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Breakthrough prostate cancer treatment

6 May 2014 / by / 2 comments

New treatment option gives hope to advanced prostate cancer sufferers, whose cancer has spread to the bones.

 

A doctor at the Singapore General Hospital holds up a Radium-223 dichloride (Xofigo) vial. Radium-223 is administered in an outpatient setting and the monthly treatment consists of a one-minute intravenous injection administered over six months.

Singapore is the first country in the Asia-Pacific region to offer a breakthrough alpha-emitting radioactive therapy called Radium-223 dichloride (Xofigo) by pharmaceutical company Bayer for advanced prostate cancer that has spread to the bones.

 

Increase in prostate cancer incidences

This is good news for advanced prostate cancer sufferers, following recent reports of a significant increase in prostate cancer incidences among several Asian countries including Singapore, Japan, Philippines, South Korea, Thailand and China.

In Singapore, prostate cancer is the third most common cancer and the sixth leading cause of death from cancer in men. According to the Singapore Cancer Registry data, prostate cancer is overtaking liver cancer as the third most common cancer among men over the last five years, at the rate of 28 per 100,000. This incidence rises with age. By 2030, this burden is expected to increase as one in five Singaporeans will be aged above 65.

Also, an alarming 90 percent of men with castration resistant prostate cancer (CRPC) are known to develop bone metastases, where cancerous cells spread to the bones.

Bone metastases are the main cause of morbidity and death in prostate cancer patients. The five-year survival rate is 56 percent in men with prostate cancer without bone metastases and only three percent in those with bone metastases.

As prostate cancer is a slow-growing cancer and often exhibits no symptoms, many patients present themselves too late. “As prostate cancer is often discovered at a late stage, at least 20 to 40 percent of patients with prostate cancer with bone metastases fail to receive chemotherapy because they are either too frail and/or not eligible, or have co-existing conditions that preclude its use, or they simply decline treatment,” said Dr Ng Quan Sing, consultant, Division of Medical Oncology at the National Cancer Centre Singapore (NCCS).

 

New treatment option

Experts on the panel (from L to R): National Cancer Centre’s Dr Ng Quan Sing, Tulane Cancer Centre’s Dr Oliver Sartor, OncoCare Medical Center’s Dr Tay Miah Hiang and Singapore General Hospital’s Dr David Ng during the regional media conference for Radium-223 dichloride (Xofigo) in Singapore.

Radium-223 dichloride can be conveniently administered in an outpatient setting, resulting in patients being able to return home immediately after treatment. A monthly treatment course of one-minute intravenous injection is administered over six months. After six months of treatment, patients are assessed on their prostate cancer condition and whether further treatment is required.

It works by mimicking calcium to target specifically the areas with bone metastases. Alpha-particles deliver an enormous amount of energy over a very short distance, providing potent cancer killing effects on the bone metastases while limiting damage to surrounding tissues. Common side effects of Xofigo include nausea, diarrhoea, swelling of the arms or legs (peripheral edema), and low blood cell counts. The final fee of the treatment depends on where the patient is being treated, but it is between S$9,000 to $11,000 (per dose per month). The cost of Xofigo is priced within the range of new and current therapies for metastatic castration resistant prostate cancer, according to a Bayer spokesperson.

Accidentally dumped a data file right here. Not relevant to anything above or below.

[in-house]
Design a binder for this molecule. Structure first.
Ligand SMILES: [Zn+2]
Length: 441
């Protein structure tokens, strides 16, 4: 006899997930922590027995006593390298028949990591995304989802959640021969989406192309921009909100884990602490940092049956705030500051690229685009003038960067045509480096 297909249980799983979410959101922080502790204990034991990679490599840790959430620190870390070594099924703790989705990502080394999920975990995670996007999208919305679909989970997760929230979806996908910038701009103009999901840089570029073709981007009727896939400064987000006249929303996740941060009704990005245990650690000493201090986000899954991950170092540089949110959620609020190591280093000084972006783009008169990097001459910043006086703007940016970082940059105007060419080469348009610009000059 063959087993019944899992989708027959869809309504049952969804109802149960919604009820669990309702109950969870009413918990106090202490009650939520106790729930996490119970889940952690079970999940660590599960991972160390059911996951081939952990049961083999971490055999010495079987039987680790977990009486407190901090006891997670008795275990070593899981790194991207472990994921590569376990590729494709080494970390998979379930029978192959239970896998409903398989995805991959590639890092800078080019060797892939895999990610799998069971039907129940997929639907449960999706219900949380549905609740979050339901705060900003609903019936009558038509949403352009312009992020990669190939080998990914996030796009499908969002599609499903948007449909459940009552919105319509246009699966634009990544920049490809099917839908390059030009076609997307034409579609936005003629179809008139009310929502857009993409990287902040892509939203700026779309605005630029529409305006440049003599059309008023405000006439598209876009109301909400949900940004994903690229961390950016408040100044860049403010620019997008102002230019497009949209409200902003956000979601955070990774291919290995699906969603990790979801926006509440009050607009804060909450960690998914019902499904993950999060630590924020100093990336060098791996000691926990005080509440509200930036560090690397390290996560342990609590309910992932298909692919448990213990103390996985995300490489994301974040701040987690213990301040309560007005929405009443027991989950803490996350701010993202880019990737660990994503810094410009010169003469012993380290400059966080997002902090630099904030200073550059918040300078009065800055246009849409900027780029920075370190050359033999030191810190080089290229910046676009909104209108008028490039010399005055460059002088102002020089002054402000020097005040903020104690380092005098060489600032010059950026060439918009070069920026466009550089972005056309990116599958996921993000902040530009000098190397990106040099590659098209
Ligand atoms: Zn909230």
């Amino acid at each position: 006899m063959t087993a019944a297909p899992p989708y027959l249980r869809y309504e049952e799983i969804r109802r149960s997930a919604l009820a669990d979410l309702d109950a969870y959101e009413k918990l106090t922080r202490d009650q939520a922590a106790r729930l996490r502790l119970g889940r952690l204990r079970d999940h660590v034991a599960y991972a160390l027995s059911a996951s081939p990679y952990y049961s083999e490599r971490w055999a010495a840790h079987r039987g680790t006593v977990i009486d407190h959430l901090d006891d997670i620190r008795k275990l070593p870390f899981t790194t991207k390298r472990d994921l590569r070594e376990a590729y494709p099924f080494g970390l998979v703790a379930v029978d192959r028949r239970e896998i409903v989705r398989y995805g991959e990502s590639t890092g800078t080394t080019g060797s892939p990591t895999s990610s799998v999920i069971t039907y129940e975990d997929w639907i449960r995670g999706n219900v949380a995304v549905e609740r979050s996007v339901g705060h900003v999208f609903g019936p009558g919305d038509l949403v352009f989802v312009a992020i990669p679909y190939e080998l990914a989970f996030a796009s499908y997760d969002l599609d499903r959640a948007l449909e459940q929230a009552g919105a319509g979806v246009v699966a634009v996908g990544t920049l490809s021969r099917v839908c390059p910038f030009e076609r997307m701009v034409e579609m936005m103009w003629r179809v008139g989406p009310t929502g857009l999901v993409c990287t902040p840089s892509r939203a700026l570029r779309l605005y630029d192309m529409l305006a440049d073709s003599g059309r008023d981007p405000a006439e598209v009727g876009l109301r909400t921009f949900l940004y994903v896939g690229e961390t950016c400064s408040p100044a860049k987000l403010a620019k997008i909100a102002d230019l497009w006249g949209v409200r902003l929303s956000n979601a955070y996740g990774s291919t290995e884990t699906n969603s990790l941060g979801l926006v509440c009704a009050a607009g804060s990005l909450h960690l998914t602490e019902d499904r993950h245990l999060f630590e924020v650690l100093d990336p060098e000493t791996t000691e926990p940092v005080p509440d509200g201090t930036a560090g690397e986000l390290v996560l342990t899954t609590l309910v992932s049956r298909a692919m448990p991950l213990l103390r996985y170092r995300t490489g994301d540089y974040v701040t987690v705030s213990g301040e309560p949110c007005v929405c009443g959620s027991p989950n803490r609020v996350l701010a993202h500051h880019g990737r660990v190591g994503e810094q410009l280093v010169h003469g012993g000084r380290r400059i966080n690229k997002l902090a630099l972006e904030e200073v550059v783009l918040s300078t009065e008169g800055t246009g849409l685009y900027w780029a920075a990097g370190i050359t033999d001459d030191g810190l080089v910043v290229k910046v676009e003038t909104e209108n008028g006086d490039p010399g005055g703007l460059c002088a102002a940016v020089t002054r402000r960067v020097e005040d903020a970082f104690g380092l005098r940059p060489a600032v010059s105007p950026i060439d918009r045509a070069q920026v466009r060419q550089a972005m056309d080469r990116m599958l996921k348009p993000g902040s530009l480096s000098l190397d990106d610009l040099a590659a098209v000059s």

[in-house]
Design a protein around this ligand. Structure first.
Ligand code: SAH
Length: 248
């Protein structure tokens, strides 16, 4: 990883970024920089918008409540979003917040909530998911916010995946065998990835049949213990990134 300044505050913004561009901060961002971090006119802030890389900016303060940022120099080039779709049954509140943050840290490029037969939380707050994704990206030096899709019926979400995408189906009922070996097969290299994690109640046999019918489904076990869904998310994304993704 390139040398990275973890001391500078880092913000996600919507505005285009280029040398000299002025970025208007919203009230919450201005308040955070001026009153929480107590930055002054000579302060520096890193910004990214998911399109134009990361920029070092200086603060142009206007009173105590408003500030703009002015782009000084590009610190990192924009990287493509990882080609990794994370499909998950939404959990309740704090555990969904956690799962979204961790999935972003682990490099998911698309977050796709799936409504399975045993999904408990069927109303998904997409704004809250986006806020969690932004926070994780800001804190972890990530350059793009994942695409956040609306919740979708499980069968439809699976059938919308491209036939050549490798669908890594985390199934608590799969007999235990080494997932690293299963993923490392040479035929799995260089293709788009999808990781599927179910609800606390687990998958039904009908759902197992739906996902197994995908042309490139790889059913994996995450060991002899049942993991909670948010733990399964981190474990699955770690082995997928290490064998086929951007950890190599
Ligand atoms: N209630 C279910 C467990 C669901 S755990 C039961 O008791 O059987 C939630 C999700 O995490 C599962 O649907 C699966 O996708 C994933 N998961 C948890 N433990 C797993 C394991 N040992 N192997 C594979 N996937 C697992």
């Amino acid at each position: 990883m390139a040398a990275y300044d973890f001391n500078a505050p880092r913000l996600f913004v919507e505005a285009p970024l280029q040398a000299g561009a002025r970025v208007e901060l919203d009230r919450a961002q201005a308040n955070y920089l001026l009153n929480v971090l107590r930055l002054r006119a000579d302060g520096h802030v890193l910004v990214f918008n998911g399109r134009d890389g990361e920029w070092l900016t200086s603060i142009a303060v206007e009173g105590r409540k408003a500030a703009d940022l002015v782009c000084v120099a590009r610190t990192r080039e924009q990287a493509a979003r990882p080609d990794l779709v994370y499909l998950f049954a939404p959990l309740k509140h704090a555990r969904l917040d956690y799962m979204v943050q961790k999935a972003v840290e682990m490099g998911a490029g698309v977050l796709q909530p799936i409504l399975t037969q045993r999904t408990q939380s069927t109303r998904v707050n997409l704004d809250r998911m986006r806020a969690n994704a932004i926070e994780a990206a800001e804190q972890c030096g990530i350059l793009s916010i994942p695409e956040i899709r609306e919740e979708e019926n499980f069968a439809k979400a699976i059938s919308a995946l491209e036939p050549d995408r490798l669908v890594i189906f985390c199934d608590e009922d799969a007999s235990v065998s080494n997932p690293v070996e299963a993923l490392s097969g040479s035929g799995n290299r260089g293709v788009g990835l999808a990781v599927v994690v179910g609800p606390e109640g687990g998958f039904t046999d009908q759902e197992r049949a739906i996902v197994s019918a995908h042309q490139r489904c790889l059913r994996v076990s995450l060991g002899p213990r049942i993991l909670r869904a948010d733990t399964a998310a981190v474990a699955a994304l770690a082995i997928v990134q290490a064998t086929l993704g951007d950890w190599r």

According to a Landmark ALSYMPCA trial, which was stopped early due to benefits shown and involved Singapore, Radium-223 dichloride as compared with placebo significantly prolonged survival by 3.6 months, with a 30 percent reduction in risk of death.

Singapore is also participating in an ongoing Asian Population Study to further reinforce the safety and efficacy of Radium-223 dichloride for Asian men with CRPC.

 

SIDEBOX: Is the treatment covered by insurance?


A Bayer spokesperson said, “Insurance coverage for cancer incidence would typically be covered under a Critical Illness protection plan, which is designed to give comprehensive financial support to battle against an unexpected critical illness. Generally, Critical Illness Plans can cover early, major and catastrophic critical illnesses, including cancer, heart disease and stroke. Some insurance companies also offer Critical Illness protection plans that extend to major cancer relapse as well.

In general, the level of payout, dependent on the definition of the coverage/policy, should be sufficient to supplement or cover the cost of cancer therapies, including radioactive therapy.

Majority of Singaporeans/PRs have a basic MediShield plan which is a basic medical insurance scheme, with deductibles and co-payment. The MediShield plan provides claim limits of an additional S$1,240 per monthly treatment cycle for selected cancer treatments.

For patients with private insurance, the cancer treatments are as charged and subjected to policy year limit, dependent on the tier of the insurance coverage they have purchased.

Please check for details of critical illness plans directly with insurance companies.”

 

 


 

 

 

 

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2 Comments

  1. Y.narasimha Swamy. says:

    I am suffering from bone met cancer .I am now on zytiga I.e arbitarone acetate from one year and now i am suffering from heavy bone pain .can i have radium 223 at this stage .where i can find in singapore which hosipital and treatment cost.
    With regards
    Y.narasimha Swamy
    Swamytraderswanp@gmail.com

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